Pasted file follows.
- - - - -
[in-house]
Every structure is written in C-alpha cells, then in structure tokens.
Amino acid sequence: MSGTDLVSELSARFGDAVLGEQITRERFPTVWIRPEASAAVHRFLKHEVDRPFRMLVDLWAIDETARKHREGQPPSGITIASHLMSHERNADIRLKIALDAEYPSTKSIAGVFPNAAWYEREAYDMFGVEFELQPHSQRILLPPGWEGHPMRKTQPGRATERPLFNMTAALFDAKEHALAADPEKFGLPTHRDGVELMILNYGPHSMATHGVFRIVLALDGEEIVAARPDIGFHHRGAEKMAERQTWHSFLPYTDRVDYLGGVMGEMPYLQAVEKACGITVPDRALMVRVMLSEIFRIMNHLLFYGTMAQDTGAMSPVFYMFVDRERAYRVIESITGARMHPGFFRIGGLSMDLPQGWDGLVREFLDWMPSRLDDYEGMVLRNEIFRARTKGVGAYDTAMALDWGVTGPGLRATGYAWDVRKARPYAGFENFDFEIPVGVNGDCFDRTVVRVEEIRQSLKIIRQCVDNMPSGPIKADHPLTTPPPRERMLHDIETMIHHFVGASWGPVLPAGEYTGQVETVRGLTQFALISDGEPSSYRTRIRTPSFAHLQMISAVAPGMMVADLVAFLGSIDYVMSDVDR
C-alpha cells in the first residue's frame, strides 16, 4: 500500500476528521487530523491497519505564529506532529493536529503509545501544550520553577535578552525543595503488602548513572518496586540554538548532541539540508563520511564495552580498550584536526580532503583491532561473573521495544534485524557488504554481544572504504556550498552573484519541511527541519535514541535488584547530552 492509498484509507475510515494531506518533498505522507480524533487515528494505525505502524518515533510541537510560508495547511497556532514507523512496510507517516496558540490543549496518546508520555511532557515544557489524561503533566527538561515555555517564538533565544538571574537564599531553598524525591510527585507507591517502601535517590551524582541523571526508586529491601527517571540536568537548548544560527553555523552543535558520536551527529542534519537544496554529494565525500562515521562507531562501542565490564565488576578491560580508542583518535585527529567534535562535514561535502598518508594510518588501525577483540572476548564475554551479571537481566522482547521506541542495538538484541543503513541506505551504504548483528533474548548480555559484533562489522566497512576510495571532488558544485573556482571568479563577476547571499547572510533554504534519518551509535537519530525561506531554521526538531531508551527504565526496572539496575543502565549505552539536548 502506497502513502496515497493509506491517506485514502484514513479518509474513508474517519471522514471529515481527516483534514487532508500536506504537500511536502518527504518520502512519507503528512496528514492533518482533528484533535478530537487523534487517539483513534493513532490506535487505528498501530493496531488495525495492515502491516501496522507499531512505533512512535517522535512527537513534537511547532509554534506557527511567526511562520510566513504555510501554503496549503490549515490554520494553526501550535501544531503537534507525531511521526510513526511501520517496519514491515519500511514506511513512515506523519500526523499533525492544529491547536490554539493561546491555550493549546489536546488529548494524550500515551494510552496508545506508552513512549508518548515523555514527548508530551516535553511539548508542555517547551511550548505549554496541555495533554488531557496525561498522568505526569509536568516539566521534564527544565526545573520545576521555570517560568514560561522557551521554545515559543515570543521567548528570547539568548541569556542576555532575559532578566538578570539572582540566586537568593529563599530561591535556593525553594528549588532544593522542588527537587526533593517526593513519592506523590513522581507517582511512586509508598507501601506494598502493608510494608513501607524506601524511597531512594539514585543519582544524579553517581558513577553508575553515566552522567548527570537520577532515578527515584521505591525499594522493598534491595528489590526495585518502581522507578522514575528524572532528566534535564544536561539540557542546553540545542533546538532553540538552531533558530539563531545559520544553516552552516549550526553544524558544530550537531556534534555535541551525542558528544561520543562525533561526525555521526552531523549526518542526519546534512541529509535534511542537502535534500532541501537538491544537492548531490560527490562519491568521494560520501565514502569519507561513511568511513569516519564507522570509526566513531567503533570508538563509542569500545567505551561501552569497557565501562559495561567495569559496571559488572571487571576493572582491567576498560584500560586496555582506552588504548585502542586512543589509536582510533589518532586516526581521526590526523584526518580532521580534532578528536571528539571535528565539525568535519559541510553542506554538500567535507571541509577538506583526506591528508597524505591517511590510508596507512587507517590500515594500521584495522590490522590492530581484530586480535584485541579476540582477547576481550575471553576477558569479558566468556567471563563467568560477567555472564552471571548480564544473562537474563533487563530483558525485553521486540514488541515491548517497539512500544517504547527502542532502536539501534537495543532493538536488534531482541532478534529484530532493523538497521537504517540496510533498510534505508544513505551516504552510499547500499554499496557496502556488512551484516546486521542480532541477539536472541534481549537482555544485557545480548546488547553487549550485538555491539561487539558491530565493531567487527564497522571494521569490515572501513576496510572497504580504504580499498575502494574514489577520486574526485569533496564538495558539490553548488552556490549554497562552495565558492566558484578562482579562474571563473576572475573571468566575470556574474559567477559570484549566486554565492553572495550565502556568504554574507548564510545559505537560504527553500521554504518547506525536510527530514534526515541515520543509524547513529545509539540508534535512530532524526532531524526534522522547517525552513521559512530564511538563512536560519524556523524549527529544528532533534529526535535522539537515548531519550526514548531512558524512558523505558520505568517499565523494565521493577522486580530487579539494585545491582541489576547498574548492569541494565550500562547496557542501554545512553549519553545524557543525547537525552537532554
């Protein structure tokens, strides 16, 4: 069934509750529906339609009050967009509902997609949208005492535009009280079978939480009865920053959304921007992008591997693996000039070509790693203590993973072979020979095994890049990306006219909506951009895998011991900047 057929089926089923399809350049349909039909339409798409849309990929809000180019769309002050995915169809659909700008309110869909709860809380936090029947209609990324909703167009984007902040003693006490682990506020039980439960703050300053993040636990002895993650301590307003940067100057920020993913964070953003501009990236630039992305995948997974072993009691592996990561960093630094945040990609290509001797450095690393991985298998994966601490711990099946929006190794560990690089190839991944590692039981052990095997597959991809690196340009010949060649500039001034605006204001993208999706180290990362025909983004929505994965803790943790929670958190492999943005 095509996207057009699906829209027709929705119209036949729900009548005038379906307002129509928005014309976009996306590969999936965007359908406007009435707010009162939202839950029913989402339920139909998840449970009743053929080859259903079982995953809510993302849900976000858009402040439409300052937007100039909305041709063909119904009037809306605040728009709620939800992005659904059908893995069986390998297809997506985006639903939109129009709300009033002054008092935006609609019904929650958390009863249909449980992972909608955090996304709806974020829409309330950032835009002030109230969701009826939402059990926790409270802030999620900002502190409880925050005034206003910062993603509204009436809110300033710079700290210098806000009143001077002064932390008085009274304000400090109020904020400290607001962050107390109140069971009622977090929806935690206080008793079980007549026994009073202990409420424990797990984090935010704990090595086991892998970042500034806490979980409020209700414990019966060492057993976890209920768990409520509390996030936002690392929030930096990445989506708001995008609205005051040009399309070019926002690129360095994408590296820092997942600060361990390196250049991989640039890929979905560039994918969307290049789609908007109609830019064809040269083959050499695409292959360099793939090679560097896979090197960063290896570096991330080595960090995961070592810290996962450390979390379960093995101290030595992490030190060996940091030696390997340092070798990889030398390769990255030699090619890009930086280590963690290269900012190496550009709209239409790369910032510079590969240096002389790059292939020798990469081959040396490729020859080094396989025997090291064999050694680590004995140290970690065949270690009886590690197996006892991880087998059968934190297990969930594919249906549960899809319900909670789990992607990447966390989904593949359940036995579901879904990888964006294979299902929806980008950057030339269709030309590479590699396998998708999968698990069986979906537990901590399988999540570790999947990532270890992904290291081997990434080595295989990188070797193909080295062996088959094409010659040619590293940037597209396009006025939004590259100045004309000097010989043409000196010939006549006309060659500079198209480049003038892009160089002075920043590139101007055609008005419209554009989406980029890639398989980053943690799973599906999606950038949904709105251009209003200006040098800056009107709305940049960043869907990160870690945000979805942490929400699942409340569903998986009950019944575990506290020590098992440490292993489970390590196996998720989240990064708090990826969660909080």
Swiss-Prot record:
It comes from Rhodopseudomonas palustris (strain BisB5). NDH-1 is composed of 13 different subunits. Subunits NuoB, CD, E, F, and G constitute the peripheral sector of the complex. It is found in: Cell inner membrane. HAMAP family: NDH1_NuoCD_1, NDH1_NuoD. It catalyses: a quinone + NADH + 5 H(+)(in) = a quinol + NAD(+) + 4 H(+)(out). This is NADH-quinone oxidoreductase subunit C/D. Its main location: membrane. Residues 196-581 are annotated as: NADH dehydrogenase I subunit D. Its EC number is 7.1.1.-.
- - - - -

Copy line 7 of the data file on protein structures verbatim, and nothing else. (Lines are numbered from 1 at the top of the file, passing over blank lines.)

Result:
It comes from Rhodopseudomonas palustris (strain BisB5). NDH-1 is composed of 13 different subunits. Subunits NuoB, CD, E, F, and G constitute the peripheral sector of the complex. It is found in: Cell inner membrane. HAMAP family: NDH1_NuoCD_1, NDH1_NuoD. It catalyses: a quinone + NADH + 5 H(+)(in) = a quinol + NAD(+) + 4 H(+)(out). This is NADH-quinone oxidoreductase subunit C/D. Its main location: membrane. Residues 196-581 are annotated as: NADH dehydrogenase I subunit D. Its EC number is 7.1.1.-.